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22 Responses to “Pastor says Pot at Walgreen’s – NOW!”

  1. Cynthia says:

    This is even more timely as we are being reminded by a new report that the prison industry is turning into a for-profit machine, including in Arizona. Too many low-level drug offenders have been impacted by mandatory sentencing. This must change! Thanks for posting and taking the risk of saying something that might be "radical" for someone in your position!

  2. elephantjournal says:

    amen
    we have the desperate poor suckered into gambling on lotto and at casinos -places where legalized ''sin'' is raking in the big money -lets get the states in on regulating and profiting from america's ancient . indigenous crop

  3. eliu says:

    A great point of view Roger!

  4. Agreeing with Roger. Though it is sad when our collective desire to obfuscate our minds and seek unconsciousness tramples lives and brings death to so many. Imagine a world in which our passion for enlightenment and/or salvation was as strong as our passion to obliterate our minds? How does one turn this state of affairs around?

  5. BrotherRog says:

    an update: it seems there are some negative health affects from pot use, but on the whole, less dangerous than alcohol: http://www.msnbc.msn.com/id/41464598/ns/health-me

  6. [...] Rep. Cindy Acree tried to ban the MMJ edibles industry. Not edibles themselves—she encourages you to make your own. (Especially if [...]

  7. Roger Wolsey says:

    this just in: more and more governments are considering decriminalizing pot!
    http://www.huffingtonpost.com/2011/06/01/drug-war

  8. Roger Wolsey says:

    This just in! 10 years ago Portugal decriminalized many drugs, here are the results! http://www.google.com/hostednews/afp/article/ALeq

  9. Roger Wolsey says:

    ANOTHER Mexican town where all of the police officers quit due to the violence! http://news.yahoo.com/mexico-towns-police-force-q

  10. [...] his point about marijuana, see this article in Elephant that I posted last [...]

  11. Roger Wolsey says:

    Representative Cohen sends letter to US Drug Czar asking for marijuana to be reclassified as a Schedule V substance. http://www.rawstory.com/rs/2011/09/13/rep-steve-c

  12. Leeoakfire says:

    Cannabis, even smoking it, does not cause cancer. It is time to put this myth to bed. Dr. Tashkin performed the original research which the government uses to push this idea. However, he went back to his studies a few years later and overruled his own original research. With his new research he clearly states — and has empirically proven — that cannabis does not cause cancer. Please read the research and up date your article again. Otherwise, thank you for your words. http://www.webmd.com/lung-cancer/news/20060523/po
    http://www.webmd.com/lung-cancer/news/20070417/ma

    • rogerwolsey says:

      I am swayed by what you have to say. That said, it is the case that merely breathing in the fumes of burned paper (you know the stuff that wraps around a joint) is carcinogenic and I gotta believe that inhaling smoke of any sort isn't exactly ideal for our lungs. That said, I agree that the amount of harm to the human body from smoking pot is far less than drinking alcohol.

  13. Rev. Russ Jones says:

    Hey, you "Born Again Christians" who still think the government speaks for God! I dare you to do a search under the heading, "Cannabis in the Bible". Go on, do it! What have you got to lose?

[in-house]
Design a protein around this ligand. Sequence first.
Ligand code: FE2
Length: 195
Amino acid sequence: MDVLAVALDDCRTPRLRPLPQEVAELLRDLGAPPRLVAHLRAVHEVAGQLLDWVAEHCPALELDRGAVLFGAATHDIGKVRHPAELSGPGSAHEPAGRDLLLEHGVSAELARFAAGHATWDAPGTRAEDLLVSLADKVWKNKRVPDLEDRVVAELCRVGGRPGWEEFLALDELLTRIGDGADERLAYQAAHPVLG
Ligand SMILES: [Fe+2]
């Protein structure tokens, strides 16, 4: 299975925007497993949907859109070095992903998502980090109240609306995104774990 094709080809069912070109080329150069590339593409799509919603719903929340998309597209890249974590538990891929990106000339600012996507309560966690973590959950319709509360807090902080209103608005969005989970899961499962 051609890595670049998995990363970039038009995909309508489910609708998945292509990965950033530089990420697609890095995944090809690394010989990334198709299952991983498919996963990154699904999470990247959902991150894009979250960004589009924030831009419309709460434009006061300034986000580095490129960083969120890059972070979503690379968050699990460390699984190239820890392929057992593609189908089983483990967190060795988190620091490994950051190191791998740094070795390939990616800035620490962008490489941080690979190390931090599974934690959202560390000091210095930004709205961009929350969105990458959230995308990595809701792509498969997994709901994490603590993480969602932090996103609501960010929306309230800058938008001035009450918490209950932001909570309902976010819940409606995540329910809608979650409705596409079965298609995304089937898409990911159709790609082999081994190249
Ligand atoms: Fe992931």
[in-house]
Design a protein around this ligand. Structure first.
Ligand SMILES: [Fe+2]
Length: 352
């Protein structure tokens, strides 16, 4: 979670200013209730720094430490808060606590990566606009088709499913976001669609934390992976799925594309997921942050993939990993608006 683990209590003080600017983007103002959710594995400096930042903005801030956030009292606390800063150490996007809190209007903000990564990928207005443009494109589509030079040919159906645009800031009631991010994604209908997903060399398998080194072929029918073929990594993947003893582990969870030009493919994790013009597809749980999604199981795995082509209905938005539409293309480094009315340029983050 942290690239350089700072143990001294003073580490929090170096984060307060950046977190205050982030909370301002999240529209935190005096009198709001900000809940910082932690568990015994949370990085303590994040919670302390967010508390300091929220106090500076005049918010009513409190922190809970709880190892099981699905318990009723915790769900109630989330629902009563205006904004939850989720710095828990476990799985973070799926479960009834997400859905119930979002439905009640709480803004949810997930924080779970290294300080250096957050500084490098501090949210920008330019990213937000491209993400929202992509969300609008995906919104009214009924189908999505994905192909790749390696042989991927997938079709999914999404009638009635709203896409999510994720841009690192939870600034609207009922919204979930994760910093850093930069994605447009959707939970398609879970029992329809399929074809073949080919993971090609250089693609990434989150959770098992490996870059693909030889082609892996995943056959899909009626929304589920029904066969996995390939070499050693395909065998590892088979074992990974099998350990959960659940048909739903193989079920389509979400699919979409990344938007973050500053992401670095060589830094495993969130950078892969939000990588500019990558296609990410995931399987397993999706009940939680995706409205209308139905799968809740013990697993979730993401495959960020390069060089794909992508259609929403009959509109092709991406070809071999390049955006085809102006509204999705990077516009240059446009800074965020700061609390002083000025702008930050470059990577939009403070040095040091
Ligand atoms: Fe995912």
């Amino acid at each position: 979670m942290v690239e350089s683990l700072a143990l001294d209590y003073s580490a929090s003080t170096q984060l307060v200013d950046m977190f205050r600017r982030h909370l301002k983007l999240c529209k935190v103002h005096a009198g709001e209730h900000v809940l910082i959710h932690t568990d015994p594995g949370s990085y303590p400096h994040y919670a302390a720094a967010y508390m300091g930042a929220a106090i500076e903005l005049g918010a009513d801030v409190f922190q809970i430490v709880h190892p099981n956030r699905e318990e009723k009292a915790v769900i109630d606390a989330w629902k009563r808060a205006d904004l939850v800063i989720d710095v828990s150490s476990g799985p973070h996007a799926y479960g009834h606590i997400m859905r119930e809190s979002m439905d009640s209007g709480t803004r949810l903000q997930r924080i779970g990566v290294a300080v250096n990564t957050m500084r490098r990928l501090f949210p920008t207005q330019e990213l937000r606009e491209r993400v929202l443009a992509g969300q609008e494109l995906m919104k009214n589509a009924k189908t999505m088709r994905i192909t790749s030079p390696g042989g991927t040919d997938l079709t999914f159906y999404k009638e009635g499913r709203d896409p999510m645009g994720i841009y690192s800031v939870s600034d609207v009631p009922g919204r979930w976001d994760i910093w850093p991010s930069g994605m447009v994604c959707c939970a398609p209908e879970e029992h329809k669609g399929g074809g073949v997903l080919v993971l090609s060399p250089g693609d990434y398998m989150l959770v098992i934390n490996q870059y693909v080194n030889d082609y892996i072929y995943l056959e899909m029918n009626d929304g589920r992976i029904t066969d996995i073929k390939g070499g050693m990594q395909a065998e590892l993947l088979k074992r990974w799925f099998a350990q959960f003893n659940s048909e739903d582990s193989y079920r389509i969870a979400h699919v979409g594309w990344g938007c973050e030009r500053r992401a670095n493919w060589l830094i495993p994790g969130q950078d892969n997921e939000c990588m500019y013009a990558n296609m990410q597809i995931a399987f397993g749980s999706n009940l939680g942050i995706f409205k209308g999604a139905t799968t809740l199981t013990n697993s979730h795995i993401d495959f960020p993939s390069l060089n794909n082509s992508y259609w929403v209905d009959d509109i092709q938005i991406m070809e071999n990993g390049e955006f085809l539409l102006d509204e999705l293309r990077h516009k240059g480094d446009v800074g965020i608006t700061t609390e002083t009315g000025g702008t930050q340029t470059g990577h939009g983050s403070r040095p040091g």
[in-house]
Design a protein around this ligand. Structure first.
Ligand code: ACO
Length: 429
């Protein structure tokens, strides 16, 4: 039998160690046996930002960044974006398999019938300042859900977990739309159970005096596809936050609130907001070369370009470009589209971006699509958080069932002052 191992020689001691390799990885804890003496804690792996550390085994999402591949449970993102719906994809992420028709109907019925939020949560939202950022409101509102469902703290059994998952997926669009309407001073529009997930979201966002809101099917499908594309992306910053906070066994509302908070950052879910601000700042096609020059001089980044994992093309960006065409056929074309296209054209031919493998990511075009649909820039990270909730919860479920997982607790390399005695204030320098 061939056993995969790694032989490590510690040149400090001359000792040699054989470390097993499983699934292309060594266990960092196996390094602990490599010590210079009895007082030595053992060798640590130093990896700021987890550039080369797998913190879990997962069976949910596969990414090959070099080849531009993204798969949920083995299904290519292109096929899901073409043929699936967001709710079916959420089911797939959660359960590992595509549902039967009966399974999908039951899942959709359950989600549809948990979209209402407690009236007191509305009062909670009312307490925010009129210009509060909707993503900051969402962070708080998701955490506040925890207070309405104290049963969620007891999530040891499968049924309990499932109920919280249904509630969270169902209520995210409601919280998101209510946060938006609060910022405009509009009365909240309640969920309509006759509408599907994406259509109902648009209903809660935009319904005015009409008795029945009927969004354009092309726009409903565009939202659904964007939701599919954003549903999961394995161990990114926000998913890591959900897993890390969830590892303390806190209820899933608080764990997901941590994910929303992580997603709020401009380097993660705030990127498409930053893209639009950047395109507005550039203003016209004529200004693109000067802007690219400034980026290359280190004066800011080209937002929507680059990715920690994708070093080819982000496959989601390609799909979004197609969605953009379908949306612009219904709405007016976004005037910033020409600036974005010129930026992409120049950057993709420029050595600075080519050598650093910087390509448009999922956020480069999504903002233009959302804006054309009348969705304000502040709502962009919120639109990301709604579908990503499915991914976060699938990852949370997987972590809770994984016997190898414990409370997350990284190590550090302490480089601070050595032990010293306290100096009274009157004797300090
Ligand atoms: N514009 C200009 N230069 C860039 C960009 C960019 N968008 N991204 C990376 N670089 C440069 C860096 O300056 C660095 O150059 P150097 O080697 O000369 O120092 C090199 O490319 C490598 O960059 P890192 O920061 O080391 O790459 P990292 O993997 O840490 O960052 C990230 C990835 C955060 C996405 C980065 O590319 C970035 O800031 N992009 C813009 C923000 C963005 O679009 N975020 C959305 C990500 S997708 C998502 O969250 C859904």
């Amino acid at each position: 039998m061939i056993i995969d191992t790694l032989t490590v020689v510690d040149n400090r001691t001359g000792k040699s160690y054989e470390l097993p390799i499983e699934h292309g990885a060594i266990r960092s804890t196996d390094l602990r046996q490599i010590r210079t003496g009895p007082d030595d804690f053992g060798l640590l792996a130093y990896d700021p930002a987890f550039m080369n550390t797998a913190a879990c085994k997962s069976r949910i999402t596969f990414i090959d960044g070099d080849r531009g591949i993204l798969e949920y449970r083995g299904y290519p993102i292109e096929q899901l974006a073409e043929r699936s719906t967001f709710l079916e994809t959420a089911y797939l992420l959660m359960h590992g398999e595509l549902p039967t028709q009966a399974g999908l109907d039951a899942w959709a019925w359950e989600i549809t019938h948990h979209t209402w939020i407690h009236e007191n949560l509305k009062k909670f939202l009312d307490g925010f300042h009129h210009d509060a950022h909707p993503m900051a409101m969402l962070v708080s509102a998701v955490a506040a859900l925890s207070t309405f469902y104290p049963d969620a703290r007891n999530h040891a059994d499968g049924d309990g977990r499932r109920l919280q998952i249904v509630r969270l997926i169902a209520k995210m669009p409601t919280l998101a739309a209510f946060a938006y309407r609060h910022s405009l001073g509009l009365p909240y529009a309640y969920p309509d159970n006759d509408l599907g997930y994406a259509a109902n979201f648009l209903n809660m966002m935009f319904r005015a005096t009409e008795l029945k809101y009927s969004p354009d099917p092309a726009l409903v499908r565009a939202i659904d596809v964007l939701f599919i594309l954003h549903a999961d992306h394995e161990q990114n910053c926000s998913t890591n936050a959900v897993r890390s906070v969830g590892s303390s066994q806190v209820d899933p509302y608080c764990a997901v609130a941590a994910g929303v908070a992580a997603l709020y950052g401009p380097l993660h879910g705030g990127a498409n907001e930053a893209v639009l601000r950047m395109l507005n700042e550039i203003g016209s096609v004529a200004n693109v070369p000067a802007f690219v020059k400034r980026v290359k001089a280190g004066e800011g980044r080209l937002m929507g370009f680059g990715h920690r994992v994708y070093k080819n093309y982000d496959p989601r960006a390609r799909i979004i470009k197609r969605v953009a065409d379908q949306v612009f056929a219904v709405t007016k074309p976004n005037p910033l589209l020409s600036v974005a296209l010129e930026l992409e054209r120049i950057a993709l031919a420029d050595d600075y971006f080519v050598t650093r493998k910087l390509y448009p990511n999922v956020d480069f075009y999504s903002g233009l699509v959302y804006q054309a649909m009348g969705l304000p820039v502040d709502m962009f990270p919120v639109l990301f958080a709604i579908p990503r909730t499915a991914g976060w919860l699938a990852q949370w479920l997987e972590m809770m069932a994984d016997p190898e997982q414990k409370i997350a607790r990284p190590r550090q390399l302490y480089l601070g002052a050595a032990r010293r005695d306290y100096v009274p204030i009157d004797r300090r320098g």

14. Vito Tums says:

    Rog,

    Interesting post, though I found the editorializing bit about the seedy nature of cannabis dispensaries to be inconsistent with the non-judgmental tone of your post.

    In fact the post has a very logical appeal. I agree with many of your points but I believe that like vineyards, we should grow cannabis like Franklin did, on our own land, and not get it from a drug store.

    Cannabis was made illegal as part of a corporate device, implemented through the government, to manipulate the textile market.

    If we allow government to completely control its distribution, then we give up our power to decide. God gave us the plant and governing it is a personal choice. It always has been.

    • rogerwolsey says:

      Vito, Fair enough. I agree that if you are lucky enough to own your own land, you should be free to grow your own on it. That said, only a tiny minority of Americans own land. (And, I admit that not all MMD's are "seedy-looking" – just most ; ).

  15. Michael Revercomb says:

    Matthew 15:11 It is not what a man puts into his mouth but what comes out of it which deiles him.

    Also, cannabis kills less brain cells than alcohol and has shown to have cancer fighting properties not cancer causing ones.

    But kudos to this spiritual and community leader for vocally showing his distatste with the status quo

  16. MaineGeezer says:

    For further discussion of the social devastation caused by drug prohibition and its utter failure to control drug use, watch the videos on the website of Law Enforcement Against Prohibition, http://www.leap.cc
    Those people are or have been on the front lines of the drug war. They know what they are talking about.

  17. rogerwolsey says:

    It's good to see that I'm not alone! There's now a movement of fellow clergy who share this perspective.
    see: http://www.huffingtonpost.com/2013/06/15/god-smok

  18. BrotherRog says:

    Thank you for commenting! As I noted in my article, I do feel that in many ways, recreational MJ use is preferable to recreational alcohol use. It just isn't my cup of tea. That said, God gave us grapes and barely, hops and rye too. As Ben Franklin put it, "Behold the rain which descends from heaven upon our vineyards, there it enters the roots of the vines, to be changed into wine, a constant proof that God loves us, and loves to see us happy."